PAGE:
Wuhan Coronavirus Hospital Ward Staffed Only by Robots

The robots operate 24 hours a day, and are meant to protect any further medics from contracting the virus.
Fabienne Lang
One of the medical assistant robotsCloudMinds

Rumors of a hospital ward in Wuhan, China, has opened and that operates fully thanks to robots are circulating on news outlets such as the Global Times. As Wuhan is the epicenter of the quickly spreading coronavirus outbreak, it is crucial that the spread of the virus is contained. 

The program that began on Saturday supposedly consists of 12 sets of 5G-enabled intelligent robots that operate 24/7 in the Wuchang field hospital. 


Helping out medical workers

The main cause of pushing this program forward is to help overworked medical workers in Wuhan. Moreover, as more than 3,000 medics across Hubei province, where Wuhan is located, have been infected with the coronavirus, this news may be welcomed with open arms in China. 

The six types of different robots were donated by CloudMinds to the hospital. CloudMinds operates out of Beijing and is a cloud intelligent robot operator. 

These 12 sets of robots can offer assistance in the form of security, inspection, disinfection, and delivery, according to CloudMinds.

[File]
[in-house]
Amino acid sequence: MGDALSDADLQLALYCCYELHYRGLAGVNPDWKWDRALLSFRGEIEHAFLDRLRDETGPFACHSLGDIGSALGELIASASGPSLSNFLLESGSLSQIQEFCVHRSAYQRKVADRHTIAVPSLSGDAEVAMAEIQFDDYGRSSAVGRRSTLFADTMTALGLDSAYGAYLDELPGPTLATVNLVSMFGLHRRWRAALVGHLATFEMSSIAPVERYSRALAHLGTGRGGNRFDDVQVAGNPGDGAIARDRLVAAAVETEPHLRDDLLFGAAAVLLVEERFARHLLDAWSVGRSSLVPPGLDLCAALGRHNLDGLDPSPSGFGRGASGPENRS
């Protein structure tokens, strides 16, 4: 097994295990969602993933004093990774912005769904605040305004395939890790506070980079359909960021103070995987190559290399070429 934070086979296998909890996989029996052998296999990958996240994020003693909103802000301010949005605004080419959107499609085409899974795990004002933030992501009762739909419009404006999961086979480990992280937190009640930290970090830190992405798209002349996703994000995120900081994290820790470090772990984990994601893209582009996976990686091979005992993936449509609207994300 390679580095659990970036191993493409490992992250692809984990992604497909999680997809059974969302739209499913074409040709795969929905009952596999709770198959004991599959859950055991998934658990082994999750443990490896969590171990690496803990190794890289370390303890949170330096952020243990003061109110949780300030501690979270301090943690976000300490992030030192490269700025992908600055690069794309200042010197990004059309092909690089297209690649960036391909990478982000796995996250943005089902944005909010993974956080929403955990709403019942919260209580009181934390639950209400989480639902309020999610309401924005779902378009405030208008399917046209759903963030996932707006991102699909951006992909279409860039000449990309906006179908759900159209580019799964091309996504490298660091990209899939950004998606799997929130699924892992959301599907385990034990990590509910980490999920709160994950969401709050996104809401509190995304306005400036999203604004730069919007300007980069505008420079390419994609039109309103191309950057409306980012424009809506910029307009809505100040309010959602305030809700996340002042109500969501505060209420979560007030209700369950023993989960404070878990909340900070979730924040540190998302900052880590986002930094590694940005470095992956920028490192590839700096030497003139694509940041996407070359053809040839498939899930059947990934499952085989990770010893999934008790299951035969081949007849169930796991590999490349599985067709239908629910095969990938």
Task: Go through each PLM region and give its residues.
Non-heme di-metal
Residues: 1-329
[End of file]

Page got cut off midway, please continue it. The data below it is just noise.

As per the New York Post, on March 7th approximately 200 patients with early signs of coronavirus were brought to this ward for quarantine. The point of the robots is to help out medics, and one such method is removing bedsheets, disposing of medical waste, and delivering food, among many other duties.

Using navigation technology, the bots are able to avoid obstacles automatically and interact with patients. 

They aren't merely being used for medical purposes, though. Ginger, one of the robots in the ward also leads to dancing routines — a way of keeping the patients' morale up. 

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Thanks to their 5G network, the robots can collect the statistics of the patients and send live updates to remote doctors. 

It all sounds like it could work nicely, even if it could be considered a little impersonal. Perhaps this is precisely what's needed during an international viral outbreak. 

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